Young Artist Interview: Jordan Sian
Yeoman Jordan Sian made his concerto debut at 13. He has performed across Europe and at prestigious venues including St Paul’s Cathedral, London. Jordan has won numerous competitions and was a laureate at the 2013 Val Tidone Strings Competition, Italy. His string quartet is a European Music Festival for Young People prizewinner.
What is your instrument?
What was your musical education?
My introduction to music was really through my friendship circle. None of my family are musicians, but my closest friends were. I was 11 when I first heard my friend play the viola. I was in awe of that intimate, mellow sound and I decided there and then that was the instrument for me. I went on to study with a wonderful violist called Sarah-Jane Bradley before enrolling at the Guildhall School of Music and Drama to study with Mark Knight. Currently, I’m at the HEM Genève studying with Ori Kam from the Jerusalem Quartet.
What is your music style?
It varies. I guess I’m ‘classically trained’ – whatever that means these days, but I’m open to experimenting. I have been known to improvise in some cross-arts projects, which is a lot of fun. At the Guildhall there were so many opportunities to step outside of the box and apply our skills to something new. Being a musician should never be a routine of learning something in the practice room and then going on stage to perform it. The possibilities of what we can do are endless!
What Company prize did you win and when?
I won the 2013 Carnegie-Palmer Award.
How has being a prizewinner helped you?
It’s been amazing to be part of the network of the WCOM. There is so much to get involved in from concert opportunities and practical seminars to outreach and workshops. It’s been a great way to make new contacts too.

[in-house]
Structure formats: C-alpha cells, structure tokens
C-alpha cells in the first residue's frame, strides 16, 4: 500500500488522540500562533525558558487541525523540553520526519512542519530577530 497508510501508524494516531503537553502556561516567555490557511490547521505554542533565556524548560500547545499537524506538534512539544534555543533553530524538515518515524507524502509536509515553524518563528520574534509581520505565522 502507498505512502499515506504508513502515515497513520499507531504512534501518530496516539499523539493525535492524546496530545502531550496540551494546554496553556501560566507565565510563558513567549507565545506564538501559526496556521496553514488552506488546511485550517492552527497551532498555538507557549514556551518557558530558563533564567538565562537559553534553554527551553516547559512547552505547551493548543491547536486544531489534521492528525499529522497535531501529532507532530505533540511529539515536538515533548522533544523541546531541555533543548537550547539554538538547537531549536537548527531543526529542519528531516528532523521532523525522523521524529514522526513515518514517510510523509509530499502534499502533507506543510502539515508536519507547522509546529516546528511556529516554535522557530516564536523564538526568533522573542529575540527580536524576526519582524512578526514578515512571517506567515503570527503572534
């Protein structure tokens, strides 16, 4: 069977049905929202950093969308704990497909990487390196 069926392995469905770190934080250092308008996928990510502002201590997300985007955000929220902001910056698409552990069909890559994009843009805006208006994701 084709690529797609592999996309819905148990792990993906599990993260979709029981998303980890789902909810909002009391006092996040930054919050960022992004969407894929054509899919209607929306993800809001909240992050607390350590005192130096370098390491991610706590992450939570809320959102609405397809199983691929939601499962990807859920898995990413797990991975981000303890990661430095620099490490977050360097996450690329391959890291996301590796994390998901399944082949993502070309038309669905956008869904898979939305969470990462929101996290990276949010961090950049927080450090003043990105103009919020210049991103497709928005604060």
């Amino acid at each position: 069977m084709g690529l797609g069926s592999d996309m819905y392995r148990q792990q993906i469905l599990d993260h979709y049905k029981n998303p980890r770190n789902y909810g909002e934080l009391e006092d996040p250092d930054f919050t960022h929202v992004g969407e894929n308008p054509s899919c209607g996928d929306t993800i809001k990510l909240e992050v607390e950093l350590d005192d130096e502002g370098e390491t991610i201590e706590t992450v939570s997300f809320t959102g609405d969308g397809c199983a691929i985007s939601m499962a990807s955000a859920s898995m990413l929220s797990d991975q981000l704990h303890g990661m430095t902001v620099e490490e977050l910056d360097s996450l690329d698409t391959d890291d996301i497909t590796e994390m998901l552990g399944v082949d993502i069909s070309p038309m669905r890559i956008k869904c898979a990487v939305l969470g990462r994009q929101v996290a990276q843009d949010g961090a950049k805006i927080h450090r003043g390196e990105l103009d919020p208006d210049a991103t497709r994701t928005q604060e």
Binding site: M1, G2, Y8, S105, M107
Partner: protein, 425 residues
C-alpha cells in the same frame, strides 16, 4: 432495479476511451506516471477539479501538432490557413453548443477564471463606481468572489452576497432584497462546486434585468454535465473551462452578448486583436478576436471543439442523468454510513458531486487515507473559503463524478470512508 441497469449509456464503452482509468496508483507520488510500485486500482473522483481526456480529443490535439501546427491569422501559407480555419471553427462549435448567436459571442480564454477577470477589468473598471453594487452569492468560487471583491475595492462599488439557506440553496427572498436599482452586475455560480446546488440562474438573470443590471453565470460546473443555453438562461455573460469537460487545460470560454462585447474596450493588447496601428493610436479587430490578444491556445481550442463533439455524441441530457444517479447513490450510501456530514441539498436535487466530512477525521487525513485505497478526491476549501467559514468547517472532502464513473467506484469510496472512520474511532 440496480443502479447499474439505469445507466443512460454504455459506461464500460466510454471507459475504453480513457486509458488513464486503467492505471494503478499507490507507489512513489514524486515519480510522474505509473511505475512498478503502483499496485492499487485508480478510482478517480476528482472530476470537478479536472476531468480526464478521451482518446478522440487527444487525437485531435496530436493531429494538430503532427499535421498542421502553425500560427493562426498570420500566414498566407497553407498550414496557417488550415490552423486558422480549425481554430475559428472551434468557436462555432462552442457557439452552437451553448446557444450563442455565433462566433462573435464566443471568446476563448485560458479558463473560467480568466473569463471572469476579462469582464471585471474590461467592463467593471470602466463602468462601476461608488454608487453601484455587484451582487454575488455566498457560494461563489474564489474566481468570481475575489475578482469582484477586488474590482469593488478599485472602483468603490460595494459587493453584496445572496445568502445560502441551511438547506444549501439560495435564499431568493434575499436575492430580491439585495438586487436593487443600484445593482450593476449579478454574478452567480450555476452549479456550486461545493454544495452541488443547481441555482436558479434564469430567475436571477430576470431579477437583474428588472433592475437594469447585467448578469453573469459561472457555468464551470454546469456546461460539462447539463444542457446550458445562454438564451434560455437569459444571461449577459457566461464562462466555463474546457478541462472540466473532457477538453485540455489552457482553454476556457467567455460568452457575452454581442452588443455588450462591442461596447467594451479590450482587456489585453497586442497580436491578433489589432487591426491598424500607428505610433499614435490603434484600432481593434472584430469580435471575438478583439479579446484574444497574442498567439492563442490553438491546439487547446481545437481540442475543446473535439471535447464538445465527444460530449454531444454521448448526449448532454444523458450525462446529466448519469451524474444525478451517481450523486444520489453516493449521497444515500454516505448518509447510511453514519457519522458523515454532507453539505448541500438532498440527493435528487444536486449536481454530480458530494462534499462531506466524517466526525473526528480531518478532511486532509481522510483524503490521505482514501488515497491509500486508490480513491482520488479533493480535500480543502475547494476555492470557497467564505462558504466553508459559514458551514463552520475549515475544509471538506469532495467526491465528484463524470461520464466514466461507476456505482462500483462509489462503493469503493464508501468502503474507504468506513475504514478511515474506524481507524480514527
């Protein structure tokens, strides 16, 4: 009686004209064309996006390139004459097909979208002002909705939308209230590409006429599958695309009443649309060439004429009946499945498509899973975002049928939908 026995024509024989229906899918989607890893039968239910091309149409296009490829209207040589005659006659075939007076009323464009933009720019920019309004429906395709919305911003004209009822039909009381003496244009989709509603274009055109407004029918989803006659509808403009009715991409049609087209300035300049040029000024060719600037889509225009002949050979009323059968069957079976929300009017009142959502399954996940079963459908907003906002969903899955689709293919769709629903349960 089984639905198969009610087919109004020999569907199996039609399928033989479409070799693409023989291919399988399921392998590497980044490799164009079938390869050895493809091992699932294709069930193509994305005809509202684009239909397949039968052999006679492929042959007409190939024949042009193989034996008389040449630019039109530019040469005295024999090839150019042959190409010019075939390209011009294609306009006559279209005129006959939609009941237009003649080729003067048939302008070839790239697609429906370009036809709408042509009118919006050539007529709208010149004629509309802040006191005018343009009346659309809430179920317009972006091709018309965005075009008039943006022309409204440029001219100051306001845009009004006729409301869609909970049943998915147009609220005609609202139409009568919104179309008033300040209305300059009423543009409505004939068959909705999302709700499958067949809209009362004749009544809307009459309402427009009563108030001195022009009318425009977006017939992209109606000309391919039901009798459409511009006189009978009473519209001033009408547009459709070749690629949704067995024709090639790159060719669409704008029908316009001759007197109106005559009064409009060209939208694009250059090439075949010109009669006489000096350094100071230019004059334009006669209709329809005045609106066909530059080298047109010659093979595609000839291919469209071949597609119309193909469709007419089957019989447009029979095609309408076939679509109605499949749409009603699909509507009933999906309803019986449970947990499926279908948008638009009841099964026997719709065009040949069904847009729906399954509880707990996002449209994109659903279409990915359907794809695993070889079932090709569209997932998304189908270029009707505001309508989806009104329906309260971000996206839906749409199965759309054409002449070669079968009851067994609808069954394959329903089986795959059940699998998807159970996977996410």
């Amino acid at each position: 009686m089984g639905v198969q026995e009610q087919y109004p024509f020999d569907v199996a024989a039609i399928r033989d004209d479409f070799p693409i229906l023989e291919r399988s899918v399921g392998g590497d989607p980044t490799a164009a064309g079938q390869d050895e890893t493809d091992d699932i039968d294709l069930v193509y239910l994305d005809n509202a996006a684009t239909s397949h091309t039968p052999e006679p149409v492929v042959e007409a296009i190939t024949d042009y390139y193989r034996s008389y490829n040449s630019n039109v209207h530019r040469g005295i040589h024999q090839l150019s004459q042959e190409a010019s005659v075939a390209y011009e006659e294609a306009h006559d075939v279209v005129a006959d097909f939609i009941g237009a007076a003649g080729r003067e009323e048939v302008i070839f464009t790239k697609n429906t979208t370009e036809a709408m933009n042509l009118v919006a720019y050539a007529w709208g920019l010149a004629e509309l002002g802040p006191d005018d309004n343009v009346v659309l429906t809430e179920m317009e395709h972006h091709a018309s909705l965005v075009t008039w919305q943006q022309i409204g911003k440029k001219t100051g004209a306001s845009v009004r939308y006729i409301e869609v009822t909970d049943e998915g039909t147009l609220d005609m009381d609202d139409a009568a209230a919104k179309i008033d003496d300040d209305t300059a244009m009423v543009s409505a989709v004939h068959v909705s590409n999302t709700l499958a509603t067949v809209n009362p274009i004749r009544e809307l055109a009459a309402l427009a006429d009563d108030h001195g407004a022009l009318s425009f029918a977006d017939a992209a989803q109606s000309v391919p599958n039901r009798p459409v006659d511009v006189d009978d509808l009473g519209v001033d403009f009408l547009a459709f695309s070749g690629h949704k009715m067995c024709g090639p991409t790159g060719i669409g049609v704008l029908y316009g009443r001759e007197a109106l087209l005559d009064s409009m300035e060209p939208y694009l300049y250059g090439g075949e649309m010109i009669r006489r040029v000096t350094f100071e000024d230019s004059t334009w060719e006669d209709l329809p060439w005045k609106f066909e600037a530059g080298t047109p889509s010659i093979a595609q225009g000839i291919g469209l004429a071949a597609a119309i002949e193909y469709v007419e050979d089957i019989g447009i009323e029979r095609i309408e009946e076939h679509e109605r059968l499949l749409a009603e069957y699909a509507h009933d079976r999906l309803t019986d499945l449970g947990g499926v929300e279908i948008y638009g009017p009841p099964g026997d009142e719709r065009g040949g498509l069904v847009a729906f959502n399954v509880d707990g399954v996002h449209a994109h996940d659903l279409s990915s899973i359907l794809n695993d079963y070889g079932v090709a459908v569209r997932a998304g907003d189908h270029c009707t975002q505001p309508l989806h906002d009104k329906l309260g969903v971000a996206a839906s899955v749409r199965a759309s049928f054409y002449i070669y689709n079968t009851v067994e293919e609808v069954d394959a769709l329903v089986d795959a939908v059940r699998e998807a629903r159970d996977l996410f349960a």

Tell us about a recent job or assignment
My quartet of many years broke up recently as we all went off to study in different countries. In our last performance we played Eric Whitacre’s Five Hebrew Love Songs with the BBC Singers and the composer conducting. It’s such a beautiful and well-conceived work. To play it as our swan song was quite emotional and memorable.
Tell me about your outreach work
I really enjoy teaching young children; they are so creative at describing what they hear. They don’t have that inhibition and worry about being judged for what they say. I often find that children can be more responsive to contemporary music than adults. The biggest lesson I’ve learned is that you do not need to dumb music down for children. What you do in outreach can be both relevant to your performance career and help educate young people.
What are your future plans?
2015 is quite busy with chamber music concerts, a new sonata by Matthew Sheeran and a concerto performance with the Aldwych Sinfonia in November. I’m also near completing a lecture recital on the neglected Mendelssohn sonata for viola and piano, which is the culmination of a year’s research. In the future I’d like to spend a year in America, but who knows… watch this space!
Do you have any advice for new Yeomen?
Get involved with everything you can!
How can people find out more about you?
You can visit my website at www.jordansian.com, email me at firstname.lastname@example.org and follow me on twitter @jordan_sian